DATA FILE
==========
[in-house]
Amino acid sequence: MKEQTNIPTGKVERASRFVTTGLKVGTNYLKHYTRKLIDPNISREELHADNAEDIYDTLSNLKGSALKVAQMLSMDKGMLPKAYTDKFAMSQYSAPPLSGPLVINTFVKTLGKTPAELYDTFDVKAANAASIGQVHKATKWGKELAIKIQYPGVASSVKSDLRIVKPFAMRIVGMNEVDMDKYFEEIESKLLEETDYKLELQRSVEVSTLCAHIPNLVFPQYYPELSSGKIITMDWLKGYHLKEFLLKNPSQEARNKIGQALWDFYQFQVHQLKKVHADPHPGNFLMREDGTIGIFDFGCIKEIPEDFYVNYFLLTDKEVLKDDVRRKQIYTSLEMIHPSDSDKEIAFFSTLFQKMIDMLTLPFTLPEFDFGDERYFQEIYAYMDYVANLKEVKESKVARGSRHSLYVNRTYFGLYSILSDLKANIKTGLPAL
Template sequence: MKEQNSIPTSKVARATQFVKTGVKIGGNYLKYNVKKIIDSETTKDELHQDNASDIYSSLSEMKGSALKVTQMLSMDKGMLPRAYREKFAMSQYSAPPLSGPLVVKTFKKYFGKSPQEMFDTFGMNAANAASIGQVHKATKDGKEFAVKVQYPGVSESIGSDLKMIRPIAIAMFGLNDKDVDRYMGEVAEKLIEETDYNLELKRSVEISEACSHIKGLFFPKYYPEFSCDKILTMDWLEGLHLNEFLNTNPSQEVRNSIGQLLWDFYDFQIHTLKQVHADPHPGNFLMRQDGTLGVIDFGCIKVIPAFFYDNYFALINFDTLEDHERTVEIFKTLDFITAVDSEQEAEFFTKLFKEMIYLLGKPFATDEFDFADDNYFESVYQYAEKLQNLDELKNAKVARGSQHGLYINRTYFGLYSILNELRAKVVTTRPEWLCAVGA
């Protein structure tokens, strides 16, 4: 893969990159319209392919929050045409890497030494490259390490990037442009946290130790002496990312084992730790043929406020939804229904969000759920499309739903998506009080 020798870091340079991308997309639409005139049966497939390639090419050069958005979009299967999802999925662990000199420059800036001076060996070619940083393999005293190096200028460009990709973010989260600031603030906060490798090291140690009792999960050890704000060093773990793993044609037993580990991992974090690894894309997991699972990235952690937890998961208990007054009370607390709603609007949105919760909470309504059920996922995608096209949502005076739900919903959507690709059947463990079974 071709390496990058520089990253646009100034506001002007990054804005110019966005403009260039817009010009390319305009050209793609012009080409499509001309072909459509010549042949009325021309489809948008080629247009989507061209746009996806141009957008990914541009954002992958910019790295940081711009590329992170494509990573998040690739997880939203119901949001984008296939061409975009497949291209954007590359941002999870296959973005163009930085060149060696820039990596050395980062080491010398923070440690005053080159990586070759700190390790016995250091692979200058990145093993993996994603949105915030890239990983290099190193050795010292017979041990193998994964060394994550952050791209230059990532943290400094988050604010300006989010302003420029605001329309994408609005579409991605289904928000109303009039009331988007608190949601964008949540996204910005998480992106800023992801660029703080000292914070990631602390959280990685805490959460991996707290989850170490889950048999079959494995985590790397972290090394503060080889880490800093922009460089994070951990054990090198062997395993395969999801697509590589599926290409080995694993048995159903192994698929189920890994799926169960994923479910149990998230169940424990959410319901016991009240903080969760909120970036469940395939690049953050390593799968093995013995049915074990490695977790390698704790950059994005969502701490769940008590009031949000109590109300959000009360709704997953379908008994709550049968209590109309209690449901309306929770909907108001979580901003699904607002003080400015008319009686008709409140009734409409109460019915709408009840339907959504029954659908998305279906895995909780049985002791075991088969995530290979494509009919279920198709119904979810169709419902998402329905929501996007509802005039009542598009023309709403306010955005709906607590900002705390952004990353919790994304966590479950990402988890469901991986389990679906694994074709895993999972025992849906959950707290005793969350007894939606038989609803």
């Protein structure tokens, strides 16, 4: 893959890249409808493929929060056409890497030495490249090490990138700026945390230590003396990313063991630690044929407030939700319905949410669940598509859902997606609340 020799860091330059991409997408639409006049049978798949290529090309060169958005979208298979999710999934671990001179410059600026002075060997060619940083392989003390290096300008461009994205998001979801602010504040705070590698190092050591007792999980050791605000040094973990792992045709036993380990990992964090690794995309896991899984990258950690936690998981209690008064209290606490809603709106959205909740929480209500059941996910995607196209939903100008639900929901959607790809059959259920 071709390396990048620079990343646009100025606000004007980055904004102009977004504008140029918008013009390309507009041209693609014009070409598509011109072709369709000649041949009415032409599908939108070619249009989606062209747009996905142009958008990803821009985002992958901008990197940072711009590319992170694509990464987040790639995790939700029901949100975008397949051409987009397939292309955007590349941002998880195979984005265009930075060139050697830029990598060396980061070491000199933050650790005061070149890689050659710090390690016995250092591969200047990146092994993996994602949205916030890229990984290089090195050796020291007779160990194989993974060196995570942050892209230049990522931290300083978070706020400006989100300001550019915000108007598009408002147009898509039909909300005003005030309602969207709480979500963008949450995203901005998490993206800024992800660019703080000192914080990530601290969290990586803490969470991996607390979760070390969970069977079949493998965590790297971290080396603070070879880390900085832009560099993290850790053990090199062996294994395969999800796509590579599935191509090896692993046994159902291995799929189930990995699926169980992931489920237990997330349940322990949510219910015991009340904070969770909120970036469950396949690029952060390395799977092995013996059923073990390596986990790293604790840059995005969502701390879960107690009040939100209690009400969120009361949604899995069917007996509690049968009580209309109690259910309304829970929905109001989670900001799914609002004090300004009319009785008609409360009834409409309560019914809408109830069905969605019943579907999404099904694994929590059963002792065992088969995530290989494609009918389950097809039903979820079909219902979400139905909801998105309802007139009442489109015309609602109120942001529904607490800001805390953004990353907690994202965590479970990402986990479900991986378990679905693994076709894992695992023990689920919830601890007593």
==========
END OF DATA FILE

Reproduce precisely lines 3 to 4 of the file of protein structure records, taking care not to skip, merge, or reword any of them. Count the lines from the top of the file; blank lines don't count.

Template sequence: MKEQNSIPTSKVARATQFVKTGVKIGGNYLKYNVKKIIDSETTKDELHQDNASDIYSSLSEMKGSALKVTQMLSMDKGMLPRAYREKFAMSQYSAPPLSGPLVVKTFKKYFGKSPQEMFDTFGMNAANAASIGQVHKATKDGKEFAVKVQYPGVSESIGSDLKMIRPIAIAMFGLNDKDVDRYMGEVAEKLIEETDYNLELKRSVEISEACSHIKGLFFPKYYPEFSCDKILTMDWLEGLHLNEFLNTNPSQEVRNSIGQLLWDFYDFQIHTLKQVHADPHPGNFLMRQDGTLGVIDFGCIKVIPAFFYDNYFALINFDTLEDHERTVEIFKTLDFITAVDSEQEAEFFTKLFKEMIYLLGKPFATDEFDFADDNYFESVYQYAEKLQNLDELKNAKVARGSQHGLYINRTYFGLYSILNELRAKVVTTRPEWLCAVGA
């Protein structure tokens, strides 16, 4: 893969990159319209392919929050045409890497030494490259390490990037442009946290130790002496990312084992730790043929406020939804229904969000759920499309739903998506009080 020798870091340079991308997309639409005139049966497939390639090419050069958005979009299967999802999925662990000199420059800036001076060996070619940083393999005293190096200028460009990709973010989260600031603030906060490798090291140690009792999960050890704000060093773990793993044609037993580990991992974090690894894309997991699972990235952690937890998961208990007054009370607390709603609007949105919760909470309504059920996922995608096209949502005076739900919903959507690709059947463990079974 071709390496990058520089990253646009100034506001002007990054804005110019966005403009260039817009010009390319305009050209793609012009080409499509001309072909459509010549042949009325021309489809948008080629247009989507061209746009996806141009957008990914541009954002992958910019790295940081711009590329992170494509990573998040690739997880939203119901949001984008296939061409975009497949291209954007590359941002999870296959973005163009930085060149060696820039990596050395980062080491010398923070440690005053080159990586070759700190390790016995250091692979200058990145093993993996994603949105915030890239990983290099190193050795010292017979041990193998994964060394994550952050791209230059990532943290400094988050604010300006989010302003420029605001329309994408609005579409991605289904928000109303009039009331988007608190949601964008949540996204910005998480992106800023992801660029703080000292914070990631602390959280990685805490959460991996707290989850170490889950048999079959494995985590790397972290090394503060080889880490800093922009460089994070951990054990090198062997395993395969999801697509590589599926290409080995694993048995159903192994698929189920890994799926169960994923479910149990998230169940424990959410319901016991009240903080969760909120970036469940395939690049953050390593799968093995013995049915074990490695977790390698704790950059994005969502701490769940008590009031949000109590109300959000009360709704997953379908008994709550049968209590109309209690449901309306929770909907108001979580901003699904607002003080400015008319009686008709409140009734409409109460019915709408009840339907959504029954659908998305279906895995909780049985002791075991088969995530290979494509009919279920198709119904979810169709419902998402329905929501996007509802005039009542598009023309709403306010955005709906607590900002705390952004990353919790994304966590479950990402988890469901991986389990679906694994074709895993999972025992849906959950707290005793969350007894939606038989609803």